Assistant Professor of Political Science Meredith Conroy, was invited to speak at the Andrus Center for Public Policy Conference on Women and Leadership on September 10, 2015. She spoke on the factors contributing to the underrepresentation of women in government. Other speakers at this national conference included prominent business leaders, senior federal and state government officials, military leaders, and other high-profile individuals from a wide variety of disciplines.
Her lecture, entitled "Vote for She," discussed why women are underrepresented in government, why it matters, and what we can do about it. Dr. Conroy also shared the stage with two other women-professor of political science at Boise State, Jaclyn Kettler, and state Senator, Cherie Buckner-Webb. While Dr. Conroy did most of the speaking, after each segment, she asked Dr. Kettler one question that she could respond to citing scholarship, and Senator Buckner-Webb a question that she could respond with examples from her own experiences as an elected official. This format produced a lot of dynamic and relevant content.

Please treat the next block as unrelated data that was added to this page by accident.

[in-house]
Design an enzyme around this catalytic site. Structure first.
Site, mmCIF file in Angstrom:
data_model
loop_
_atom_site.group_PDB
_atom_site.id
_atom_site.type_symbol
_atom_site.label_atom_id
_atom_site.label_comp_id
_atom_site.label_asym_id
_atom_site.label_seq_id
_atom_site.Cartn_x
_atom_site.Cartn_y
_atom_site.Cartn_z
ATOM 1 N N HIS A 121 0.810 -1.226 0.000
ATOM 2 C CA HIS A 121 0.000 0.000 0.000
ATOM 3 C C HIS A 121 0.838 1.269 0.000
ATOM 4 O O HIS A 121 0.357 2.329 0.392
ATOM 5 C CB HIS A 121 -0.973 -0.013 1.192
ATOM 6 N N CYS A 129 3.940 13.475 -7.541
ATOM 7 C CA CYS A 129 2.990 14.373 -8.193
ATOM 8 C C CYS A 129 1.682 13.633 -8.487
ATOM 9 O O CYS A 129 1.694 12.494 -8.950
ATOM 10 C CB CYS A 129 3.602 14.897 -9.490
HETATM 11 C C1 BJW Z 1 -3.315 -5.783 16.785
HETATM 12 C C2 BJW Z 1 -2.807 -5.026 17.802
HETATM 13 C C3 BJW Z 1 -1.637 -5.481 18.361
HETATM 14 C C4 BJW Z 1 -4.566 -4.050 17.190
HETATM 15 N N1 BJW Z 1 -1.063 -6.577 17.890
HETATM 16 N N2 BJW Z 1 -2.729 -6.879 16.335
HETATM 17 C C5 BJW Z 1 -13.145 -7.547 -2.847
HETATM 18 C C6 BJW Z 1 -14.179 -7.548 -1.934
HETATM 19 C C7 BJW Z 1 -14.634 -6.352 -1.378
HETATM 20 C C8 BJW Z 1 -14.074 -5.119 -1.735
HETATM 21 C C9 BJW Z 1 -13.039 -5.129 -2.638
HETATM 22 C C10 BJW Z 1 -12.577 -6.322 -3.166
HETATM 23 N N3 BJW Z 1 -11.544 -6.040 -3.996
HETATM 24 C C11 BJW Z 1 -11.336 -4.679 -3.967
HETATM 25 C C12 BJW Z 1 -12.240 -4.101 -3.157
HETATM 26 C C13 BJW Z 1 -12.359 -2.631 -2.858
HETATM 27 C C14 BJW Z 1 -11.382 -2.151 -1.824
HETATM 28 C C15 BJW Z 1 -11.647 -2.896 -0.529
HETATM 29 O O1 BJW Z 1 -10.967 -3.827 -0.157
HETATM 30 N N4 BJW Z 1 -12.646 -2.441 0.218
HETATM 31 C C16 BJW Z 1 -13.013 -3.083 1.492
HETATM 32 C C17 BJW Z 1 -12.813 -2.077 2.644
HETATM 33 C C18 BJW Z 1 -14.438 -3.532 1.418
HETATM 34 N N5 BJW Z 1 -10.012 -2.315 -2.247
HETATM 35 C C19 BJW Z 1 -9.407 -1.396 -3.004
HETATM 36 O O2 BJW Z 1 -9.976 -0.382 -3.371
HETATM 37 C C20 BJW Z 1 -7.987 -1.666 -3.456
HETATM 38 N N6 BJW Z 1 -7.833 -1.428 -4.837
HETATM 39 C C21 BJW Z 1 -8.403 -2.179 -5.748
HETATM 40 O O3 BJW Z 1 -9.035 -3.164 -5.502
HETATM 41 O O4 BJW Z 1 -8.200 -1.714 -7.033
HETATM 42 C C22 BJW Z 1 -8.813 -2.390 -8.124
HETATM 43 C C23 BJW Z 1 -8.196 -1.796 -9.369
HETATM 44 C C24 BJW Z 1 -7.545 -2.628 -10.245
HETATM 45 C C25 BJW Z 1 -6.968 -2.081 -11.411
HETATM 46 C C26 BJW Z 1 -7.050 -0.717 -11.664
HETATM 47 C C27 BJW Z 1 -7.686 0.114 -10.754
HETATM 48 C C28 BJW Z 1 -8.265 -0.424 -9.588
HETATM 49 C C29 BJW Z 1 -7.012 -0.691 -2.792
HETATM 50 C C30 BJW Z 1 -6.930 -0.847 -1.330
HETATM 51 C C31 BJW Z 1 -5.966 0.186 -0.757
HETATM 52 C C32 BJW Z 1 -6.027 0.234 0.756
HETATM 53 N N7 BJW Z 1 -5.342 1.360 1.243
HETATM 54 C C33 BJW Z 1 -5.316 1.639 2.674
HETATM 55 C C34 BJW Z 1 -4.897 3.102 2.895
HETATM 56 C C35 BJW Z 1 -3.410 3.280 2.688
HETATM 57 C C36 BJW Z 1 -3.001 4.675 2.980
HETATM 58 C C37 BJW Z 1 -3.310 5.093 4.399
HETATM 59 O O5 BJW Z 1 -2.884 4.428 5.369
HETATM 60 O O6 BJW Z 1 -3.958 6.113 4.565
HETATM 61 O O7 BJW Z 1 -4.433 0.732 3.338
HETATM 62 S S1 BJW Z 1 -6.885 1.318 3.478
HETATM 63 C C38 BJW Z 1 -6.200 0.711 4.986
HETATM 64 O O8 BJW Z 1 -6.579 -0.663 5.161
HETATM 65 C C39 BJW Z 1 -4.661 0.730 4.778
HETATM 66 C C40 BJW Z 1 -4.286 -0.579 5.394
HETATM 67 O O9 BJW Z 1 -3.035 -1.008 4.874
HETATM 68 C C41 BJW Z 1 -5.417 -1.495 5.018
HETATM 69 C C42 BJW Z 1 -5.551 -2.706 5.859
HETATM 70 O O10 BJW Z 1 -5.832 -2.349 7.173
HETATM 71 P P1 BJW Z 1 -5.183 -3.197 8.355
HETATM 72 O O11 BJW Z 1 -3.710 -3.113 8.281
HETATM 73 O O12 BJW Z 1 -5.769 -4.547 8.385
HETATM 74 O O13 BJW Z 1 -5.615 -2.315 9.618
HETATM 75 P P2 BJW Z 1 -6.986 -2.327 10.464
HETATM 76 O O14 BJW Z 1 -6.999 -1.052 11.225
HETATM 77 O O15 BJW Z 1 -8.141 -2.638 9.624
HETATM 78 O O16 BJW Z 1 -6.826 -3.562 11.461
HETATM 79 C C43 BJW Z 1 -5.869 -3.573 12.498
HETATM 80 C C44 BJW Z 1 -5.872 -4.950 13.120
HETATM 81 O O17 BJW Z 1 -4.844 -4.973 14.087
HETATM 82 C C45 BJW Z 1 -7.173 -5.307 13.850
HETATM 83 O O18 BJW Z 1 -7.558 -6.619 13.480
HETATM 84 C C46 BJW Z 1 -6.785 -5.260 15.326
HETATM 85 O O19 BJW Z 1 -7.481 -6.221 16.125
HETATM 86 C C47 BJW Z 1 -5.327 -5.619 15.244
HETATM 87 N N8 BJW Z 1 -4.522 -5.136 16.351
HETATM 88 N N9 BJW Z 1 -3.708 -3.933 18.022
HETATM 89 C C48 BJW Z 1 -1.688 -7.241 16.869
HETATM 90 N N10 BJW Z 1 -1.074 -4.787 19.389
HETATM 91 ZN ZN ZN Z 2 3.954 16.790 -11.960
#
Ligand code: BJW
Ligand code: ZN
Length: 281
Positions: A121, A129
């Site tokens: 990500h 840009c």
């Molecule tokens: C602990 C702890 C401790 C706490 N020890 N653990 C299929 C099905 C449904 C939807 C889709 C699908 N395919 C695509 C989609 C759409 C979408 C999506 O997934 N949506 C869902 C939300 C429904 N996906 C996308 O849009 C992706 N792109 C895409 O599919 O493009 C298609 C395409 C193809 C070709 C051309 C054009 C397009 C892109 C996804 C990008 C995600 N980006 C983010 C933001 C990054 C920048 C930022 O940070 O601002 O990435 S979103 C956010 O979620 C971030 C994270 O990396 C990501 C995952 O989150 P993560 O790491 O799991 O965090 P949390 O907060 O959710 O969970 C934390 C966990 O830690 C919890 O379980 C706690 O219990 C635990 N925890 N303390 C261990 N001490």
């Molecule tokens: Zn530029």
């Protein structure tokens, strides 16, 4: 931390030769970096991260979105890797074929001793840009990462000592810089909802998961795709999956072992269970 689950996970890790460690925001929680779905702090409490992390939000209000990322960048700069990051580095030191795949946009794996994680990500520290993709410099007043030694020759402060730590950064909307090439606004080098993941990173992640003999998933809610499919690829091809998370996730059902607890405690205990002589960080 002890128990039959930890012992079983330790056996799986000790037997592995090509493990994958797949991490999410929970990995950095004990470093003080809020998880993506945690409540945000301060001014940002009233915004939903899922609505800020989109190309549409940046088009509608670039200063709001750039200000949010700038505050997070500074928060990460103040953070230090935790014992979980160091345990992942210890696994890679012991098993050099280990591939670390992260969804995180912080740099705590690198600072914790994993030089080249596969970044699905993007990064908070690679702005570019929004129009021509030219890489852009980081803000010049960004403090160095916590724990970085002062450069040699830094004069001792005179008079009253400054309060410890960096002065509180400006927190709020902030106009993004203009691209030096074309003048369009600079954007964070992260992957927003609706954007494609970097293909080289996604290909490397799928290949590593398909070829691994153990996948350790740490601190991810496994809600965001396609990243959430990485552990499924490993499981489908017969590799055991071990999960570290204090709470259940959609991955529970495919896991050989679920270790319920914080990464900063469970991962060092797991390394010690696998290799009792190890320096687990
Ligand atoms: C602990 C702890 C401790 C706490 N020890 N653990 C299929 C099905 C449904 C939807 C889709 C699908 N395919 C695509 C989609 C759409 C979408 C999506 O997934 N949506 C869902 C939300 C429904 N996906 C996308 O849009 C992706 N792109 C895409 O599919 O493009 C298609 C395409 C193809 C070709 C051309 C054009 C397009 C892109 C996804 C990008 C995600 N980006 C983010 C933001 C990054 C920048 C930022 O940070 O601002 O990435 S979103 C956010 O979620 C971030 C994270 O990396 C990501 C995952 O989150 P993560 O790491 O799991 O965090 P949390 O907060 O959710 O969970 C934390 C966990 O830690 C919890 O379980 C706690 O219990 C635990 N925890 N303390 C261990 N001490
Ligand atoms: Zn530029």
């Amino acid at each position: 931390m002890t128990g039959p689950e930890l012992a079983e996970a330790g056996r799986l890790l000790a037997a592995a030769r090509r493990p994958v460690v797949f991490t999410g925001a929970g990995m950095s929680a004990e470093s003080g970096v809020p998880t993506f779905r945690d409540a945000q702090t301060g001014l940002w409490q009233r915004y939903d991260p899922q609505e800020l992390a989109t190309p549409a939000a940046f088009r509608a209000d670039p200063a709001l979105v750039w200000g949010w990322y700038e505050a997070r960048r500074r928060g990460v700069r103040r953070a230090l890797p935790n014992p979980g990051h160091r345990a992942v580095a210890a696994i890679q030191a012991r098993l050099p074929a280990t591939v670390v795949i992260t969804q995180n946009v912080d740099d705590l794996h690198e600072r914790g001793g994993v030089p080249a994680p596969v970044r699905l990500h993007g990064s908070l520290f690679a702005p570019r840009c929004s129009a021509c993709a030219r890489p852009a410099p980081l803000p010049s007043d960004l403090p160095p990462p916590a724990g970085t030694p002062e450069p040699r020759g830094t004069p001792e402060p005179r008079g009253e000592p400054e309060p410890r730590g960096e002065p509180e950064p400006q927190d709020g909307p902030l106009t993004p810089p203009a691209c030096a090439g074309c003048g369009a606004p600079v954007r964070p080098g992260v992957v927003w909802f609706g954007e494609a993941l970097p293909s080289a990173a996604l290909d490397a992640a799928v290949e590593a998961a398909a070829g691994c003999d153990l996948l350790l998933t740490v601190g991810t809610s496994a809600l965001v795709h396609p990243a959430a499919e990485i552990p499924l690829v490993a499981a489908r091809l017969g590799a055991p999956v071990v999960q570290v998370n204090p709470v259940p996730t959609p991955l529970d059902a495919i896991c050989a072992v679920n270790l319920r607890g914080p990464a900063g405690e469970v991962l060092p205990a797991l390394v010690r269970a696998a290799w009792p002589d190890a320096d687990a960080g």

Dr. Conroy also focused her talk on the ambition gap as a contributing factor to women's underrepresentation, which shows women are less likely to run for office and other executive positions in government, because they are less likely to see themselves as qualified. This distinction is associated with the socialization of young girls to be more focused on their appearances than young boys. What is more, parents have the tendency to discuss politics less with their daughters than with their sons, and are also less likely to encourage girls to participate in sports-which gives them a taste of competition which can ultimately help those with political ambitions later in life.
Visit the Andrus Center for Public Policy Conference on Women and Leadership for more information.